The Innocence Project LecturesThe Innocence Project, founded in 1992 by Peter Neufeld and Barry Scheck at Cardozo School of Law, exonerates the wrongly convicted through DNA testing and reforms the criminal justice system to prevent future injustice. The Innocence Project's mission is to free the staggering number of innocent people who remain incarcerated, and to bring reform to the system responsible for their unjust imprisonment.
Eleventh Annual Haitkin Lecture— April 19, 2016
Seema Saifee, staff attorney for the Innocence Project, delivered the 11th annual Haitkin Lecture, hosted by NYU Stern’s Business & Society Program, to an audience of undergraduate Stern students. Saifee was joined by Andre Hatchett, who was recently exonerated after serving 25 years in prison for a crime he did not commit, and his brother, Jerry Hatchett.
Saifee discussed the Innocence Project’s mission to free the innocent using DNA evidence. She identified several key factors contributing to wrongful convictions: the lack of a process for policy reform in the criminal justice system, inaccurate eyewitness identifications, false confessions, ineffective counsel and jailhouse witnesses seeking leniency. “It is frightening how easy it is to convict an innocent person in this country,” especially if that person doesn’t have the financial resources to hire an effective attorney, she explained.
Working in partnership with the Conviction Integrity Unit in the Kings County District Attorney’s office, the Innocence Project took on Andre Hatchett’s case, which was one of 10,000 requests for assistance that the organization receives each year. Hatchett’s first defense attorney was deemed ineffective by the trial judge, and his second defense attorney, like his first, failed to present Hatchett’s medical records showing that, due to a leg and throat injury at the time, he was physically incapable of committing the crime.
Hatchett maintained his innocence throughout his time in prison. He was offered plea deals in exchange for serving as little as 4-8 years, but he refused to plead guilty to a crime he did not commit. His incarceration devastated his family; over the course of his incarceration, Hatchett lost his mother, brother, father and son.
Jerry Hatchett, Andre’s brother, who supported him throughout his incarceration, underscored the impact that the ordeal had on their family. “When you don’t have the means and the know-how to help somebody, it hurts,” he remarked. Though Jerry lacked the funds to hire a better attorney, he often played the lottery, hoping to win enough money to free his brother. “We don’t know lawyers. No one in our family had ever been in jail.” Jerry added that his young son is considering becoming a lawyer. “You have to get the right education so that what happened to your uncle won’t happen to you,” he advised.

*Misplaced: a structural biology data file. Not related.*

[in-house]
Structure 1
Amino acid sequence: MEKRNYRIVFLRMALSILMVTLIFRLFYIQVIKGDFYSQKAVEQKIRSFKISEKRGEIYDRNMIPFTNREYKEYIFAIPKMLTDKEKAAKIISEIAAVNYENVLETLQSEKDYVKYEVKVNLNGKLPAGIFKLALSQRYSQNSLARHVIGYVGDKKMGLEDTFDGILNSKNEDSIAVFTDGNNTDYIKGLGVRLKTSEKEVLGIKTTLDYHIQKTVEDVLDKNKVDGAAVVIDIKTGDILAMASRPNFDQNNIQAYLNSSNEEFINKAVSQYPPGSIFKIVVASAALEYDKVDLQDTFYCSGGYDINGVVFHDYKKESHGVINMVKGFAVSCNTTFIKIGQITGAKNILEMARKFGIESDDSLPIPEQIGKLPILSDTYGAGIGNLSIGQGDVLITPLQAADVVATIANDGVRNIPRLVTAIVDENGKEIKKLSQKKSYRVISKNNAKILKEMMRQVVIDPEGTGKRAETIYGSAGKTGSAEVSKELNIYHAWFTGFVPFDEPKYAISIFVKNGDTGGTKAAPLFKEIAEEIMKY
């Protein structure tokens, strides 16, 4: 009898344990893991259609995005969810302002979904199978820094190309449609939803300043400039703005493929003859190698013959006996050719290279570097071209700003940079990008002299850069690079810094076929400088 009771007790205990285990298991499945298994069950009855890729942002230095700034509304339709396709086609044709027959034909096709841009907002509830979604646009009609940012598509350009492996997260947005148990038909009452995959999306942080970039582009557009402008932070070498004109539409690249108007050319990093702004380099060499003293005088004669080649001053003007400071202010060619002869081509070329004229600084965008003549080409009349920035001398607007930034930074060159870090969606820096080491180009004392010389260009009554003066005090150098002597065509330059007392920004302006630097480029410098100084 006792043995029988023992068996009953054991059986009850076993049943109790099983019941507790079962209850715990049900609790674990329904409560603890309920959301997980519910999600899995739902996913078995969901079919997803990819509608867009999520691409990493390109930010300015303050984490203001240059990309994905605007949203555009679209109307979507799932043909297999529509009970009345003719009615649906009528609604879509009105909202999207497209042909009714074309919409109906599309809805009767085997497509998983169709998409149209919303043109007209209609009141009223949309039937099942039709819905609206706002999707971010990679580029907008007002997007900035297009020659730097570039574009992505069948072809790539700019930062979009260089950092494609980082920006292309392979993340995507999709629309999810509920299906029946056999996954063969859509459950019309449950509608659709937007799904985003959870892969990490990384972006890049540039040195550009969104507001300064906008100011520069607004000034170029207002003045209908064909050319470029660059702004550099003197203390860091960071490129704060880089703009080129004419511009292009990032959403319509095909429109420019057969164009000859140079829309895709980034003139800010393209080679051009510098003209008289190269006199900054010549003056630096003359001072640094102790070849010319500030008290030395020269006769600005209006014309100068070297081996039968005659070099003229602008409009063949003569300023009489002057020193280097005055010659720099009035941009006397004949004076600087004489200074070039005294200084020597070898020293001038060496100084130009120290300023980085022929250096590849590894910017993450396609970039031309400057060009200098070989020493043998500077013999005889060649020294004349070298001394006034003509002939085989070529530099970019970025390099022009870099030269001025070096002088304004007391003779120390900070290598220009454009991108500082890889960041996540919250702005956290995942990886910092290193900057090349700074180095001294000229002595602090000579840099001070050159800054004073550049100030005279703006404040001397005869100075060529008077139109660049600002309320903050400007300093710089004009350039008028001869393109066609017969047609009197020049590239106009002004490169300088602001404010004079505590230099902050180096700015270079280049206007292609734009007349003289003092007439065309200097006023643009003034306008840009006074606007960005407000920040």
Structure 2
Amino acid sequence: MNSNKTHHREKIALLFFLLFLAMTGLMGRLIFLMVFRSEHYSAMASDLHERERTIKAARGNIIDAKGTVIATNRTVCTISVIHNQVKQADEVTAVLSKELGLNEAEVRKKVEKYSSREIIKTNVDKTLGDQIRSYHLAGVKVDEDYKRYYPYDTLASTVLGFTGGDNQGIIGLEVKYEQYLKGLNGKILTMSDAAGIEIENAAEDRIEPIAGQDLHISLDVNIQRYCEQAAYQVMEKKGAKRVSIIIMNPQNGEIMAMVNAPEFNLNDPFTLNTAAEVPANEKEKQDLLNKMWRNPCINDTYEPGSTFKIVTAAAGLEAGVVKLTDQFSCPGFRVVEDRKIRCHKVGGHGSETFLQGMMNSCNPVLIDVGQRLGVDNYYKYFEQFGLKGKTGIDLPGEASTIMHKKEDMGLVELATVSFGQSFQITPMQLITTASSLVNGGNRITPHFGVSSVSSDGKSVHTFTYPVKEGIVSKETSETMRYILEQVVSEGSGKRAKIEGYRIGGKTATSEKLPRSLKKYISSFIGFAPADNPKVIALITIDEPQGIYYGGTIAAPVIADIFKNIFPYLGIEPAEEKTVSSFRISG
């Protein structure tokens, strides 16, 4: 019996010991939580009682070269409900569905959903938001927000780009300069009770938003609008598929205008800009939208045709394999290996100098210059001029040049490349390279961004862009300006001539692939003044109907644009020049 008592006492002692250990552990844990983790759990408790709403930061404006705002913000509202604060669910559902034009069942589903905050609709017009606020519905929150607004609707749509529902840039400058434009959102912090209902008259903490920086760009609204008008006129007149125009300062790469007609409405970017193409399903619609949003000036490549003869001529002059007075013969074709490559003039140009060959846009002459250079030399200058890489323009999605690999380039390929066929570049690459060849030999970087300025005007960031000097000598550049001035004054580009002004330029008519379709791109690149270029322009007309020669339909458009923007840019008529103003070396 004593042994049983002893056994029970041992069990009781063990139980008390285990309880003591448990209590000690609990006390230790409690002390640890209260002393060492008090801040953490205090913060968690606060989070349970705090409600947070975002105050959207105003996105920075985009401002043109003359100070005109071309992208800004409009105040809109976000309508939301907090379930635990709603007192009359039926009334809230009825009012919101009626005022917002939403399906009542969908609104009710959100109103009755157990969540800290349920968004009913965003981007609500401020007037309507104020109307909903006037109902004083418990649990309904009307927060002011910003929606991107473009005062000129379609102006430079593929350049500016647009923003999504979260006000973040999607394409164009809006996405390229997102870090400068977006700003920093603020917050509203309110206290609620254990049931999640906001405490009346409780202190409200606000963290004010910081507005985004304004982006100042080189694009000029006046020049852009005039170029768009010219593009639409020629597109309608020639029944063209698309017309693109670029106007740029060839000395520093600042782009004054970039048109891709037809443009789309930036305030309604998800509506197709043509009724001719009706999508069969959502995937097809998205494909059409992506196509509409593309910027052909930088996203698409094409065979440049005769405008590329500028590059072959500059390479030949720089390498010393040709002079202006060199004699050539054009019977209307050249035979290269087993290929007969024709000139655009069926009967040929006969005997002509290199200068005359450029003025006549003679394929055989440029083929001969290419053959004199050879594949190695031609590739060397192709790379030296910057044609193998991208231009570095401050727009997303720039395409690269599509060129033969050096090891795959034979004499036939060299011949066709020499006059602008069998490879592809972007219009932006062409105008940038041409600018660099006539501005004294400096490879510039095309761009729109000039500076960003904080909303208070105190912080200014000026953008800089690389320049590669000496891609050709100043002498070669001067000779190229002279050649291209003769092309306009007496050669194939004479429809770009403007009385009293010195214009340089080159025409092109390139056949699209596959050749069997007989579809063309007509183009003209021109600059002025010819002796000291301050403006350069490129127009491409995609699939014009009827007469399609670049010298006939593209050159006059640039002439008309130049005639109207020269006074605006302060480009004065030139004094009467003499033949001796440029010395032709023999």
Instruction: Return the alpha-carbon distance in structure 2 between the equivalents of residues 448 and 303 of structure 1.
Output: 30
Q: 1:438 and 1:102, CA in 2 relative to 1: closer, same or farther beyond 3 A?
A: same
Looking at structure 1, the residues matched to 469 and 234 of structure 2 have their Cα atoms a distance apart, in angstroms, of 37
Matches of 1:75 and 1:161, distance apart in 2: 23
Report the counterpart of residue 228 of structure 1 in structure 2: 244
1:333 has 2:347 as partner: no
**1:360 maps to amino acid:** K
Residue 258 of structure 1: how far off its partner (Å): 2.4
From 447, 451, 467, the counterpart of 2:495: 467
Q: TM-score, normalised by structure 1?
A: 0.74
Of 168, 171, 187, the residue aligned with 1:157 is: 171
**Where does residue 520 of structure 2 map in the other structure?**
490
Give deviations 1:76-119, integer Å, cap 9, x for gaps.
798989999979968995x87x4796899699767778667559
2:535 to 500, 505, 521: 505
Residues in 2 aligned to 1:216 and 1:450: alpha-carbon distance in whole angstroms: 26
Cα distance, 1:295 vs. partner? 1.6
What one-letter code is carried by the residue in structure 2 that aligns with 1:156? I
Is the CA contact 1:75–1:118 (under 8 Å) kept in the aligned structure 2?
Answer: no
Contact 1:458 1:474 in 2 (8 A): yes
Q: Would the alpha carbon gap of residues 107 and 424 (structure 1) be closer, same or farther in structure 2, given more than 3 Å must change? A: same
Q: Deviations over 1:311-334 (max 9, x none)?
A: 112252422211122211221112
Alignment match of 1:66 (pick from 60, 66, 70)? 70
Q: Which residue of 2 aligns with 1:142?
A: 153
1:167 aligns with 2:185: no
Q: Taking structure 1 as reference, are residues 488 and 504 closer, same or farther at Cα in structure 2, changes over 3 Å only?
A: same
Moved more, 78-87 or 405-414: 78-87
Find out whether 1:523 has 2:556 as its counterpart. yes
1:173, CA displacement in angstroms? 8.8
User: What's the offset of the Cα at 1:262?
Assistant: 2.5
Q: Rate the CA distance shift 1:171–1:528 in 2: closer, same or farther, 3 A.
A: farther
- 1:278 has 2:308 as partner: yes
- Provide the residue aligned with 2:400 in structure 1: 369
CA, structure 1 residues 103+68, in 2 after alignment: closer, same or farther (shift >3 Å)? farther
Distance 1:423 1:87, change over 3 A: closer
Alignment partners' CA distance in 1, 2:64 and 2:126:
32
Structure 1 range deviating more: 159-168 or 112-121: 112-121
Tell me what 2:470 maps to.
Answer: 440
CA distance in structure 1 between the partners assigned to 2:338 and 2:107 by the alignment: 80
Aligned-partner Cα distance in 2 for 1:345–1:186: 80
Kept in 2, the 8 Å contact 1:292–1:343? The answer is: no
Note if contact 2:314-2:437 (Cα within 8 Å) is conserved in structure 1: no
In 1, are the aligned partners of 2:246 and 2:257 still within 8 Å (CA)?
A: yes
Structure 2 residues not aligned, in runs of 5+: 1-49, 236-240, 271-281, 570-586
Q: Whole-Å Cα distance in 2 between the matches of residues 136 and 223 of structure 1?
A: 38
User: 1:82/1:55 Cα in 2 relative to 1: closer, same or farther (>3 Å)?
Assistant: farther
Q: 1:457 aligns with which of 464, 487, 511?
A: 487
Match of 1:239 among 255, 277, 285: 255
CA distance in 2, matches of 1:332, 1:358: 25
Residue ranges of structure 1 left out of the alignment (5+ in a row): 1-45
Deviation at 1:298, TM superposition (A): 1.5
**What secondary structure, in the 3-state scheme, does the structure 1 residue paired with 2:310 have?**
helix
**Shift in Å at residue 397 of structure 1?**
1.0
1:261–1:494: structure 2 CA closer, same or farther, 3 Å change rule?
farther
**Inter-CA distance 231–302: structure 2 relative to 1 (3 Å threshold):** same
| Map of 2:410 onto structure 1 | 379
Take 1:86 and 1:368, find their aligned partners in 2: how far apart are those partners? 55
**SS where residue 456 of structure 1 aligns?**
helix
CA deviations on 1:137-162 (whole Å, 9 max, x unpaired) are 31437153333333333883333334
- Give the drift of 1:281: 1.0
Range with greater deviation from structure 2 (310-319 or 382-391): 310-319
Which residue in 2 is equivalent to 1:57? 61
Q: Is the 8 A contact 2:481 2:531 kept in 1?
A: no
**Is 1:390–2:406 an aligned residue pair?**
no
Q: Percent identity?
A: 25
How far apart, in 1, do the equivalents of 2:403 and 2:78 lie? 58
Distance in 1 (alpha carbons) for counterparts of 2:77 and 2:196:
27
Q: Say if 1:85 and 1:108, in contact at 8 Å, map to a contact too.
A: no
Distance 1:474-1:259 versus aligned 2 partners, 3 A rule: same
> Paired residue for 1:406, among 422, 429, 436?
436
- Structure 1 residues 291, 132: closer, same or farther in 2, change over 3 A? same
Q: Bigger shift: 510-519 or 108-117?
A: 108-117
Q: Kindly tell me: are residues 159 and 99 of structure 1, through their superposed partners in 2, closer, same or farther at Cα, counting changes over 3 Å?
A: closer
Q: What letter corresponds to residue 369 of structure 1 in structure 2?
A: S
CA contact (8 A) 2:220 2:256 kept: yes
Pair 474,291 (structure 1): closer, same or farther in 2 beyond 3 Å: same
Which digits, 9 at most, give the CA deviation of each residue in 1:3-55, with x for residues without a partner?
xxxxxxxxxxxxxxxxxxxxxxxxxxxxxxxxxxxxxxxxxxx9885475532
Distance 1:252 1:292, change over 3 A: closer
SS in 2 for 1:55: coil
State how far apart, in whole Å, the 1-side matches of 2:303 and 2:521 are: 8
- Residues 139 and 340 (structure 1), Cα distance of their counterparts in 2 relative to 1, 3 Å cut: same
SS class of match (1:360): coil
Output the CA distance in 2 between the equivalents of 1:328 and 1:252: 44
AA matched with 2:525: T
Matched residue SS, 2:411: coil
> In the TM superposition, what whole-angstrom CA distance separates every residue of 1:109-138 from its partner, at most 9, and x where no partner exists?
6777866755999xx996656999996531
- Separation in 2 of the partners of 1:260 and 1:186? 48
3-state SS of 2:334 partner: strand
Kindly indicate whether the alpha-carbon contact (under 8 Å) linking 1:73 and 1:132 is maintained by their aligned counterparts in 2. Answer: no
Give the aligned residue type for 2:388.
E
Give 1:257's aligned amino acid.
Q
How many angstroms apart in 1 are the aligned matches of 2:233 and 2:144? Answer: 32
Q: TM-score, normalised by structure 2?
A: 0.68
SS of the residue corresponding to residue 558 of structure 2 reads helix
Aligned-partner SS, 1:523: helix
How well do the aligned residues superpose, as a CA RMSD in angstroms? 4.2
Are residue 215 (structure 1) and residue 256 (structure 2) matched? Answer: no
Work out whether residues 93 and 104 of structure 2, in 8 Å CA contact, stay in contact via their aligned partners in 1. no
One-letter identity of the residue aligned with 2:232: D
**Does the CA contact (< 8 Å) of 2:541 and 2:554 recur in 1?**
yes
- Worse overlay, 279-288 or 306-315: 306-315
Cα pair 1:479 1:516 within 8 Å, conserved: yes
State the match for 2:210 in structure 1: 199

Innocence Project Attorney Seema Saifee and Exoneree Darryl Howard Speak to the Stern Community— October 13, 2016
NYU Stern’s Business & Society Program welcomed Seema Saifee, staff attorney for the Innocence Project, and Darryl Howard, who was recently exonerated after serving 24 years for a wrongful murder conviction, to speak to an audience of undergraduate Stern students.
Saifee shared the Innocence Project’s mission to free wrongfully convicted men and women from prison and underscored the combined influence of racial discrimination, negligence and socioeconomic factors that contribute to these injustices. Having innocent people in prison is an affront to civil justice, but also that the real perpetrator is still at large, she explained. Since its inception in 1992, the Innocence Project has proven 344 men and women innocent using DNA evidence. More than 1,700 have been exonerated from non-DNA evidence.
Saifee listed the variety of factors that have led to false convictions, including mistaken eyewitness testimonies, false cellmate testimonies, false confessions, sloppy investigations and tunnel vision. She also pointed out that there is sometimes an institutional inability to admit mistakes, particularly when exonerating a falsely convicted person could be politically perilous for a re-election into office.
Howard was wrongfully convicted and sentenced to 80 years in prison for the murder of a woman and her daughter as well as arson in North Carolina in 1991. Evidence of sexual assault of both victims by two different men was present. The state’s theory was that the women were never raped. DNA testing in 2010 matched a man who had 35 prior convictions. The man was questioned by police, but the recording of his interview was never turned over to the District Attorney, despite a court order. A confidential tip suggesting the crime was drug-related and committed by multiple people was also never turned over to Howard’s attorney.
Howard was legally and officially exonerated on September 2, 2016. Hearing Seema talk about what happened to him, he said, brings tears to his eyes. A former drug dealer, hanging out in the projects made him a target, explained Howard, whose wife of 30 years only missed two visits throughout his time in prison. Howard called on the business community to help, because what happened to him happens to innocent men and women every day in this country.
Written by the Public Affairs team.